Join the Vancouver Neighbourhood Food Networks on Sunday, September 17th to add your voice to justice for all migrant workers in Canada.
- Vancouver: 4:00 pm at Canada Border Services Agency, 300 West Georgia Street
- Victoria: 11 am at BC Legislature, 501 Belleville Street
The Kelowna wildfires continue to rage, destroying homes, farms, displacing thousands of people. Among the displaced are hundreds of migrant and seasonal farm workers, many from Central America, Mexico and the Caribbean who work in the Okanagan fruit orchards. Less reported are the impacts of these evacuations on farm workers with limited resources and work protections. 600 farm workers in the Kelowna area were evacuated to other farms with the federal government stepping in to cover some lost wages, food and other evacuation costs where farms have been unwilling or unable to do this themselves.
Regardless of federal evacuation support, migrant farm workers remain without adequate protections and rights, now made worse by the accelerating climate emergency. Many workers will continue to labour in poor air quality and simply told to wear N-95 masks. While federal regulations require living accommodations for farm workers to be no hotter than 28 degrees, with the increasing heat that we are now experiencing, there is still little to no monitoring of these heat conditions that would require remedies such as air conditioning. This extreme heat, where workers cannot even sleep properly, leads to significant health concerns.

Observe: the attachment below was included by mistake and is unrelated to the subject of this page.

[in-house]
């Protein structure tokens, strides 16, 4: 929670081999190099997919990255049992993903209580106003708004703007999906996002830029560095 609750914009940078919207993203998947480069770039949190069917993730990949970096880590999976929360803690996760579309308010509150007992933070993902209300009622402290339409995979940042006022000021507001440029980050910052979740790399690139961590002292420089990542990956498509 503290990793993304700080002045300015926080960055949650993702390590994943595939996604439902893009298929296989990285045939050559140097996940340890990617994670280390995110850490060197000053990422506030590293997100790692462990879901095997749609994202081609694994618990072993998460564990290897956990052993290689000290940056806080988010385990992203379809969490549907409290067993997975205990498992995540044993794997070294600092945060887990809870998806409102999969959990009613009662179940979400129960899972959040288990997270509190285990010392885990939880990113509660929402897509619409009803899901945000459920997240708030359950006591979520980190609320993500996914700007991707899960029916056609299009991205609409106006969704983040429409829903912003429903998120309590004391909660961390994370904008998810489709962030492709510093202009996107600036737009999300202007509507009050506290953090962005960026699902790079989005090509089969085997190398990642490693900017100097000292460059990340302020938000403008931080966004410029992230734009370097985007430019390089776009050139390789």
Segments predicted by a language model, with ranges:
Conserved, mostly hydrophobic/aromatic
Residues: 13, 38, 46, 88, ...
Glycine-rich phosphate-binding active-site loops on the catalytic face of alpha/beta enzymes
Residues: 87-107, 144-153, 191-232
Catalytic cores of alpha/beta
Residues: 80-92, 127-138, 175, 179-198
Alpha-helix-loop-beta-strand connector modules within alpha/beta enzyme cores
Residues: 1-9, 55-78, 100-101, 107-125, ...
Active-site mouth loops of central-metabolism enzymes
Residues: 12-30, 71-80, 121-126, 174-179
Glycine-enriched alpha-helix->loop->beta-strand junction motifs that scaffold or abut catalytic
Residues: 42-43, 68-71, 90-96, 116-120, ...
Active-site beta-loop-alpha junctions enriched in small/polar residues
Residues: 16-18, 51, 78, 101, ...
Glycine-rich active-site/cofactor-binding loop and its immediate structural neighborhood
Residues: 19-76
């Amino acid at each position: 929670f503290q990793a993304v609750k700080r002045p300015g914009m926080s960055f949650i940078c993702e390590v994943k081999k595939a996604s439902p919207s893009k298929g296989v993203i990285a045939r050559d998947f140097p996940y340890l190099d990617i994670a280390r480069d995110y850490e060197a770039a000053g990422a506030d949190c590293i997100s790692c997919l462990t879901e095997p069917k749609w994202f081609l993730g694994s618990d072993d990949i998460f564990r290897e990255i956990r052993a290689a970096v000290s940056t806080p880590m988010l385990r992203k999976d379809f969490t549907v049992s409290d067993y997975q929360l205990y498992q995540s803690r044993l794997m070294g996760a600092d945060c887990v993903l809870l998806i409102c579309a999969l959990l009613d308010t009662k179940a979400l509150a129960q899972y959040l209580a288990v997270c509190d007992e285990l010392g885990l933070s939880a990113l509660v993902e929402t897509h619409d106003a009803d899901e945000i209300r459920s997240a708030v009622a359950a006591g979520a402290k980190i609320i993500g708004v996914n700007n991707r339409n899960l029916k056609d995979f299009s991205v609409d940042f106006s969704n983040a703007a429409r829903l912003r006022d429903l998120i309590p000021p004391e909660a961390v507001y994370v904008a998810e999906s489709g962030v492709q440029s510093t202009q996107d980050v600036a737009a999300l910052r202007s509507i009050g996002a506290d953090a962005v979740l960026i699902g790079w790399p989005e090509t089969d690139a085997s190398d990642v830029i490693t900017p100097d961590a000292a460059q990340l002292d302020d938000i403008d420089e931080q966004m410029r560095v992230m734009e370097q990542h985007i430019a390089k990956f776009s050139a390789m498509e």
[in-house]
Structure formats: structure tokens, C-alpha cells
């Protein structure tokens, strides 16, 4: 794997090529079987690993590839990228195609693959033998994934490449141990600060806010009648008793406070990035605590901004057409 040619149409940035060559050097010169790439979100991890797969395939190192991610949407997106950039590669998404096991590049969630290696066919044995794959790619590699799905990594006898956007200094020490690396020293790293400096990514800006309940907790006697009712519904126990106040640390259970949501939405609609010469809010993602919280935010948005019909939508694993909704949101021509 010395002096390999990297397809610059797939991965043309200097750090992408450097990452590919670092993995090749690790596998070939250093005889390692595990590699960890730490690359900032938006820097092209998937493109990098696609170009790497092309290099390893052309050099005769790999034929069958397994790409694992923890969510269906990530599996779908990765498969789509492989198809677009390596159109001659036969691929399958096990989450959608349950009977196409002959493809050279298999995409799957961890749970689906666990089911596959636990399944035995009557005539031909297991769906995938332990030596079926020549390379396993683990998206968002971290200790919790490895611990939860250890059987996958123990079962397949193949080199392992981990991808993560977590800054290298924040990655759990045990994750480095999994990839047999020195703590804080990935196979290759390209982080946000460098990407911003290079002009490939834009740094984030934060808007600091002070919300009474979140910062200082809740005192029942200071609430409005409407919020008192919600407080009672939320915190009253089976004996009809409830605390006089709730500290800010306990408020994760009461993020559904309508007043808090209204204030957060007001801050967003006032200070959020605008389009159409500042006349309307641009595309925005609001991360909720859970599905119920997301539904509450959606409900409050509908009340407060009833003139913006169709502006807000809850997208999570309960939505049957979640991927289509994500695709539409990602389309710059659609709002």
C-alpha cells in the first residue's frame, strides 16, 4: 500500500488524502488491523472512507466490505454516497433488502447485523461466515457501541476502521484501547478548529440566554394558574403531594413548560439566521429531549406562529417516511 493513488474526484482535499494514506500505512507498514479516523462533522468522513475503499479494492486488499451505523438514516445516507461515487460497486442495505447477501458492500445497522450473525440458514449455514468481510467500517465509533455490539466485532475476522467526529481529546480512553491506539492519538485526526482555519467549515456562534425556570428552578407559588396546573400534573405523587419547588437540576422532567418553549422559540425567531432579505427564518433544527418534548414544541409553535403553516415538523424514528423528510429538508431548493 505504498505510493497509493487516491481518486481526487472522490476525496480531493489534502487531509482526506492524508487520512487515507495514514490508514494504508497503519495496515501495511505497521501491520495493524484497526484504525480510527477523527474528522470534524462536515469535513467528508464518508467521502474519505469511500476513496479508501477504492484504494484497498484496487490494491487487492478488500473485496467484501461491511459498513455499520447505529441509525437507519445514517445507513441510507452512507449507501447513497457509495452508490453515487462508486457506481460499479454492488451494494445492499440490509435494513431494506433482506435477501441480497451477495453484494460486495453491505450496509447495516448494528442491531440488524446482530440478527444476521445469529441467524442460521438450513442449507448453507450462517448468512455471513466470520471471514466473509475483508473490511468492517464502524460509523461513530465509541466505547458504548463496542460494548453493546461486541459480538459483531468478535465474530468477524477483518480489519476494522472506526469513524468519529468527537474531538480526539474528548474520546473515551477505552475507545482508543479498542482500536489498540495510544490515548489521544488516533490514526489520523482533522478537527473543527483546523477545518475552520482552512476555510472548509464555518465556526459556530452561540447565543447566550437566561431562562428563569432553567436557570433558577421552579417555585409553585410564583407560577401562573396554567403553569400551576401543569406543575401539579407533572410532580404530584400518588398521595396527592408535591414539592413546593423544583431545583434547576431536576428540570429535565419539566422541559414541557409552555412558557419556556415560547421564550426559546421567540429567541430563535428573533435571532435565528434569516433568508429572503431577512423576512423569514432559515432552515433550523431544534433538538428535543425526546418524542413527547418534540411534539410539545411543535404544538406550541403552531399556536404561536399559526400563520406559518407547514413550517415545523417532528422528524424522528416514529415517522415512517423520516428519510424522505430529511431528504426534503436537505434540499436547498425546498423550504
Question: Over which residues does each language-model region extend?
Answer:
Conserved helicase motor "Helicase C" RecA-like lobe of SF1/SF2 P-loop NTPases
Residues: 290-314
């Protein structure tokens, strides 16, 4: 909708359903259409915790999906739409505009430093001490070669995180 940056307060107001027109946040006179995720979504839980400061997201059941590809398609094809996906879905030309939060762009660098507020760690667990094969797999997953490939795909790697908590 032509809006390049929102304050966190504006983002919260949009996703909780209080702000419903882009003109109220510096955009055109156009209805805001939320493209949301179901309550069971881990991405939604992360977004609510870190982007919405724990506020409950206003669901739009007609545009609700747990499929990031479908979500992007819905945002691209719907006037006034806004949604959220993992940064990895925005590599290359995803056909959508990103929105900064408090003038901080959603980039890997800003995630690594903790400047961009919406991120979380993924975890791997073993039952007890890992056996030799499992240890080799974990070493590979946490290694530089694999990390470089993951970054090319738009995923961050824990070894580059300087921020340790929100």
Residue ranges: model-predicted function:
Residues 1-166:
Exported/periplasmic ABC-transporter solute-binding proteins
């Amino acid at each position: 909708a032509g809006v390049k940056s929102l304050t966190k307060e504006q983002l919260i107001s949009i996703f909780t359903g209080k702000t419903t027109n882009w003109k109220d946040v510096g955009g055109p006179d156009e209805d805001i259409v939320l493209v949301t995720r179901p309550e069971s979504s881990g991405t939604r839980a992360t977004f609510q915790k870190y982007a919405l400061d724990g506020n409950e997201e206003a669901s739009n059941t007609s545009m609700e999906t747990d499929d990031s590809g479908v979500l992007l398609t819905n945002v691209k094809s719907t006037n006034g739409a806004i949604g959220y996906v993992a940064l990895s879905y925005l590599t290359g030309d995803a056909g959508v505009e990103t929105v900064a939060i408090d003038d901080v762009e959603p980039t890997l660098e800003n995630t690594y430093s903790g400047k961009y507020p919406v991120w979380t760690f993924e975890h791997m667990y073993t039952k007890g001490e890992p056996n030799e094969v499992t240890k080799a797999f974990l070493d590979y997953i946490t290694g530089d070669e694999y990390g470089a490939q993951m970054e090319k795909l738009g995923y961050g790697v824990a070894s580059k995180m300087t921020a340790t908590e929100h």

Poor working conditions are exacerbated by extremely low wages, particularly among undocumented workers and those working under the Temporary Foreign Worker Program (TFWP) Agriculture Stream who are not protected by government contracts. A recent investigative trip to Kelowna by Byron Cruz, a member of the Migrant Rights Network found the situation among these farm workers to be worsening. “We met some undocumented workers earning as little as $4 per hour (and of course zero rights). Those working under the Agriculture Stream Program are without formal government contracts and come to Canada through private recruiters with farm employers solely responsible for work agreements. There are less protections which leads to tremendous difficulty for these workers. As farm work becomes increasingly precarious due to climate change or the farmer does not plan well, if fruit is not ready to pick for example or if a worker complains, they can very easily be sent home without a say, and with less chance of ever returning”.
The Vancouver Neighbourhood Food Networks hold deep gratitude for the work of Byron Cruz, himself a Guatemalan refugee who came to Canada in 1991 and who has worked tirelessly for decades to raise awareness on the issues of migrant worker injusticeHis work here started with the Latin American Community Centre in the Downtown Eastside where they started the very first needle pick-up program. Byron later went on to help create the BC Multicultural Health Services Bridge clinic in partnership with Mt. Saint Joseph Hospital serving newcomer and refugee communities. He also helped set up the Umbrella Mobile Clinic, still running under Umbrella Multicultural Health Services Cooperative which provides mobile health care to farm workers in the New Westminster, Abbotsford and Langley areas.